Daniel Keating has provided a thoughtful and useful study of the way that businesses form contracts. In particular, he has given us a good deal of data concerning the problem known as the "battle of the forms." Commercial lawyers have, of course, been wrangling over this problem for decades, so it is no small accomplishment to be able to offer a useful contribution. In Part I below, I describe more precisely just what Keating's data does and does not illuminate. Parts II and III then focus on a particular contracting practice that Keating has identified: the practice of getting both parties to sign a "master agreement" in advance of a series of deals. These master agreements let the parties agree in advance to the terms that will govern their subsequent deals, without leaving those terms to depend on the invoices and other forms that will subsequently be exchanged. This encapsulation of the parties' agreement in a single document could be said to eliminate the battle entirely, for it certainly solves many of the technical problems that plague commercial lawyers whenever the parties' documents fail to match. I argue, though, that these master agreements may not solve all of the objections that some courts and some scholars have raised in "battle of the forms" cases. While I believe these objections are misguided, they may nevertheless be influential, so there is at least a question about how often these master agreements will be upheld by courts.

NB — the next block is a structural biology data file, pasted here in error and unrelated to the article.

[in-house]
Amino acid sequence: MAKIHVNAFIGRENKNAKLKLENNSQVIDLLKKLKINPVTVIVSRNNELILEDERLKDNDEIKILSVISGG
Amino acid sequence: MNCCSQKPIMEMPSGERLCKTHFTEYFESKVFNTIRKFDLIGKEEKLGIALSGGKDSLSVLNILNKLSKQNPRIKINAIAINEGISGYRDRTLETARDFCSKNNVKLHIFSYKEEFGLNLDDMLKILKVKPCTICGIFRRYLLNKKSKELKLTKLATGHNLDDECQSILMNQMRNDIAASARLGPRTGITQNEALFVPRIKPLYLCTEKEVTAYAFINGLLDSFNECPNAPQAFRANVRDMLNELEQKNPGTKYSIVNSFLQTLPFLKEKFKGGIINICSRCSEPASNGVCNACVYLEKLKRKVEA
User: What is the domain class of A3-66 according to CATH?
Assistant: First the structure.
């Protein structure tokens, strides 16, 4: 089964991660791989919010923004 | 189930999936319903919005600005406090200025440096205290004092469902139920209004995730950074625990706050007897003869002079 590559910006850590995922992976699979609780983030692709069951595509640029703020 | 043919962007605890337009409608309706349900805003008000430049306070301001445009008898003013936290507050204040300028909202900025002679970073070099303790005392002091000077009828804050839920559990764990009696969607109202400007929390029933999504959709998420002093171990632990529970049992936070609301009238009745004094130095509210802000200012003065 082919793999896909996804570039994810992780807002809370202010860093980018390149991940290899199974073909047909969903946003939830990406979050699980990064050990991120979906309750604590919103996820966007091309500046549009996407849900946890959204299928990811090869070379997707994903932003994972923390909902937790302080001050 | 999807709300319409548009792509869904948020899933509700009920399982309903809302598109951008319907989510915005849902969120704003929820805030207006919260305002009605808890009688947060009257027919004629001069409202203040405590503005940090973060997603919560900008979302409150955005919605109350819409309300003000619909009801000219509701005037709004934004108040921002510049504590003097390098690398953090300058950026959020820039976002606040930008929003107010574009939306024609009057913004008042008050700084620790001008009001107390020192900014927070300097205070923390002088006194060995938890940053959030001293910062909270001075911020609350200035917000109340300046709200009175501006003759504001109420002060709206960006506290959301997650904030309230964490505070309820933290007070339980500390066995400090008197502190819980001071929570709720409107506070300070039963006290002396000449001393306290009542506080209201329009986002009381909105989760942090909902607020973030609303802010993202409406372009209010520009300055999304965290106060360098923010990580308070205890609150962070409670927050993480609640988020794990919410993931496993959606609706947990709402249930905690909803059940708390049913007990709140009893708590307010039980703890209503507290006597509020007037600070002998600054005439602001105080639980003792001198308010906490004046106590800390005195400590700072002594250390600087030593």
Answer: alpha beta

The Sound of One Form Battling: Comments on Daniel Keating's 'Exploring the Battle of the Forms in Action',
Mich. L. Rev.
Available at: https://repository.law.umich.edu/mlr/vol98/iss8/15